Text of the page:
Drawing Up Plans – PowerPoint - Tennessee State Personnel

Report
Drawing Up Plans for
Tennessee
Secondary RTI2
Mark R. Shinn, Ph.D.
Tennessee Department of
Education
August 14th, 2013
Professor and Director, School
Psychology Program
National Louis University, Skokie, IL
[email protected]
http://markshinn.org
Thought for Today
The difficulty lies, not in the new ideas, but
in escaping from the old ones, which
ramify, for those brought up as most of us
have been, into every corner of our minds.
John Maynard Keynes (1883 - 1946), The General Theory of Employment, Interest
and Money (13 December 1935)
I’m Old, I Have Few Things to Say,
and I Say Them Over and Over
Again
A Few
Hats....
Staff Development
and Consultant to
School Districts and
SDEs in 42 States
Since 1985
Recipient
APA,
Professor
of of
School
Division
16 (School
Psychology
and
IASPIRE
Northern
Psychology)
Special
Education,
RegionCareer
Distinguished
National-Louis
Project Director
Service
Award
University
and
Formerly, University of
Oregon
Researcher
and
Author
Disclosure
R. Shinn, Ph.D. Serves as a Paid Consultant for Pearson Assessment for their AIMSweb product
rovides CBM assessment materials and organizes and report the information from 3 tiers, including
R. Shinn, Ph.D. Serves as a Consultant for Cambium/Voyager/Sopris for their Vmath product, a
dial mathematics intervention but has no financial interests
R. Shinn, Ph.D. Serves as a Consultant for McGraw-Hill Publishing for their Jamestown Reading
ator (JRN) product and receives royalties
R. Shinn, Ph.D. Serves as a Member of the National Advisory Board for the CORE (formerly the
ortium on Reaching Excellence) and receives a stipend for participation
Accessing Your
Materials
markshinn.org
1. Click on the Downloads
for Professionals Icon
2. Click on the Presentations
and Handouts Folder
3. Click on TN RTI2
Conference, August 2013
Folder
Big Ideas About Secondary RTI
(Multi-Tiered System of Supports/MTSS)
1.
Secondary schools are not as prepared to implement RTI due to years of staff
development targeted almost exclusively to elementary schools. More
background knowledge acquisition and leadership and planning is required.
2.
Secondary implementation of MTSS is based on similar, although not identical
big ideas.
•
•
“Early Identification” through Screening
•
•
Increasing quality of Tier 1 pedagogy and behavior support, and
Increasing General Education’s responsibility to provide the intensive
basic skill interventions that some students (still) need.
Frequent basic skill progress monitoring aligned with severity of need.
Big Ideas About Secondary Evidence-Based
and Multi-Tiered Services at Secondary
3. There ARE some differences in Implementation.
4. By high school , we would hope that we wouldn’t be “Discovering
Disabilities” in our students.
•
Lots of students have academic and emotional/behavior
challenges in MS and HS-Every problem is not a Special
Education Problem
•
MS and HS need to expand their evidence-based practices to
provide more academic and emotional/behavior support.
5. Secondary Special Education needs a clearer and more constrained
focus on Basic Skills and Learning Strategies.
6. We Know WHAT To Do. We Need to Put it Together!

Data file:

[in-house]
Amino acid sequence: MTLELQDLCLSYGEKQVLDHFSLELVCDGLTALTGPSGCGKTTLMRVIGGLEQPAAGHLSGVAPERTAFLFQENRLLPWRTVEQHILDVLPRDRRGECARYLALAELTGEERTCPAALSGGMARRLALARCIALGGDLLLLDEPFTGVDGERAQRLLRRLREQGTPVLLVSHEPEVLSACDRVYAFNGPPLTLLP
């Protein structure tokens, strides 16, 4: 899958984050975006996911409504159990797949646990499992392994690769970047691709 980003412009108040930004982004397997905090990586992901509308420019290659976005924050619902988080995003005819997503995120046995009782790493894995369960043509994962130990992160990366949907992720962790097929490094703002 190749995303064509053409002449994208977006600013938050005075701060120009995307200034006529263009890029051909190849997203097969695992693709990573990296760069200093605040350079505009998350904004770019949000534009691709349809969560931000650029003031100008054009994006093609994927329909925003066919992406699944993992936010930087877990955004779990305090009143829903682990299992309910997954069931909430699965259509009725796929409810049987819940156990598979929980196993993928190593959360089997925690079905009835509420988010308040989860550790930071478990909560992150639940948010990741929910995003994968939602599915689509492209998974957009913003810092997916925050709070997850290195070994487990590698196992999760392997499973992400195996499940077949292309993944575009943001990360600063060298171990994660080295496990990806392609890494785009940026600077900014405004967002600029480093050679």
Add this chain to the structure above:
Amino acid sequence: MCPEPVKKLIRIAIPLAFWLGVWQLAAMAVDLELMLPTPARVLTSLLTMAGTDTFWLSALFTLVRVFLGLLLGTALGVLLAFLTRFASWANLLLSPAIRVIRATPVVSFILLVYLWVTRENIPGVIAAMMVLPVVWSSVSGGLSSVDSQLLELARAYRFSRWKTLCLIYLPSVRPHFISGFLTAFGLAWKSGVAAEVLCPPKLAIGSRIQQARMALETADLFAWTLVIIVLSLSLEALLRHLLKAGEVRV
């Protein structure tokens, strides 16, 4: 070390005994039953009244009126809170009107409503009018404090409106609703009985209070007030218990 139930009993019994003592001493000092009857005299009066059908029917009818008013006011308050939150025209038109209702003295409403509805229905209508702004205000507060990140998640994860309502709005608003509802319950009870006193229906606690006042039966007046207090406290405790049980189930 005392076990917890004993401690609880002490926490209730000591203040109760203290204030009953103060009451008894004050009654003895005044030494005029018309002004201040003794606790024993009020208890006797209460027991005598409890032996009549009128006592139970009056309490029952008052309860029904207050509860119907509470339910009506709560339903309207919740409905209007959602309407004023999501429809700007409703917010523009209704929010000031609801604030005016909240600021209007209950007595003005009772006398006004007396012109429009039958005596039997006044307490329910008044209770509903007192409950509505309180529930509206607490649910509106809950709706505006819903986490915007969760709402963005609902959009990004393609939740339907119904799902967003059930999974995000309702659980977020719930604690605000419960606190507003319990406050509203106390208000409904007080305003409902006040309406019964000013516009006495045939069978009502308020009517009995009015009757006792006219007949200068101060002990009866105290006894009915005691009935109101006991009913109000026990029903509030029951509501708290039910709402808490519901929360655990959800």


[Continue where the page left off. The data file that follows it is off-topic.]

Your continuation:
Similarities and Differences
Feature
Elementary
Secondary
Screening
Universal and Repeated
Increasing Shift from
Universal and Repeated to
Individual
Intensive Basic Skills
Interventions
Differentiated Tier 1, Plus
Increasingly Intensive Tiers
Increasing Shift to Focus on
Tiers 2 and 3
Quality of Tier 1
Basic Language Arts, Mathematics,
Behavior
Increasing Shift to Content
Area Courses
Progress Monitoring
Universal Across 3 Tiers
Increasing Shift from
Universal to Tiers 2 and 3
Goals
1. I Want to Lay Out a Vision for a Middle Schools and High
Schools with Respect to Providing Multi-Tier (3) Interventions
for All Students for Academics and Behavior
2.
Provide You Some Examples as to What to Do and How to
Do It
3.
Provide You With Some Resources So You Can Learn
More and Make Data-Based Decisions
Lots to Talk About (and
Do)
Pour!
High School Example
Is This a Student with a
Disability?
Old Thinking!
1.
New Thinking: Mark’s Secondary
Priorities
Ensure Students Have Sufficient Basic Skills So They Can Read to Learn Rather than Learn to Read
•
Strengthen Your CORE (Tier 1) Language Arts Curriculum At Least Grades 6-9
•
Clarify the Problem by Developing Your Special Education Mission Statement (Intensive Basic Skill
Interventions OR Content Class Support with SIM) and Align It With Your Eligibility Criteria
2.
Ensure SE Interventions Have a Powerful Basic Skills Focus with High Quality IEP Goals and Frequent
Progress Monitoring Using CBM
3.
Commit to Effective, School-Wide Positive Behavior Intervention Support (PBIS/PBS) especially Tardies,
and Effective Tier 2 and Tier 3 Behavior Support
4.
Build Your Screening System to Identify Students with Basic Skill Discrepancies that Need Intervention and
Support Frequent Progress Monitoring for Students Who Receive Basic Skill Intervention
5.
Build Tier 2, and 3 with Basic Skill Focus 6-10 with Interventions are Maximally Powerful (and Worth It) with
Scientifically Based Progress Monitoring (e.g., CBM)
6.
Ensure there are Clear and Explicit Paths for Credit Recovery if Electives are Exhausted
7.
Make a Commitment to Improve General Education Content Teaching Skills a Continuous Staff
Development Target-Ensure Access to
•
•
•
•
•
Quality Syllabi in a Consistent Format to Websites and Across Teachers;
High Quality Grading System;
Ensure Teachers Have Access to Training and Coaching In Strategic Instruction Model (SIM)
Teaching from a Big Ideas Focus;
Employ Evidence-Based Strategies to Increase Engagement; ;
Why? The World of Kids is Different
Than Adults
One of the greatest barriers to student growth and achievement in
secondary schools (especially high schools) is the issue of
fragmentation...
students have multiple teachers throughout each day, and these
teachers rarely, if ever, coordinate what or how they teach students...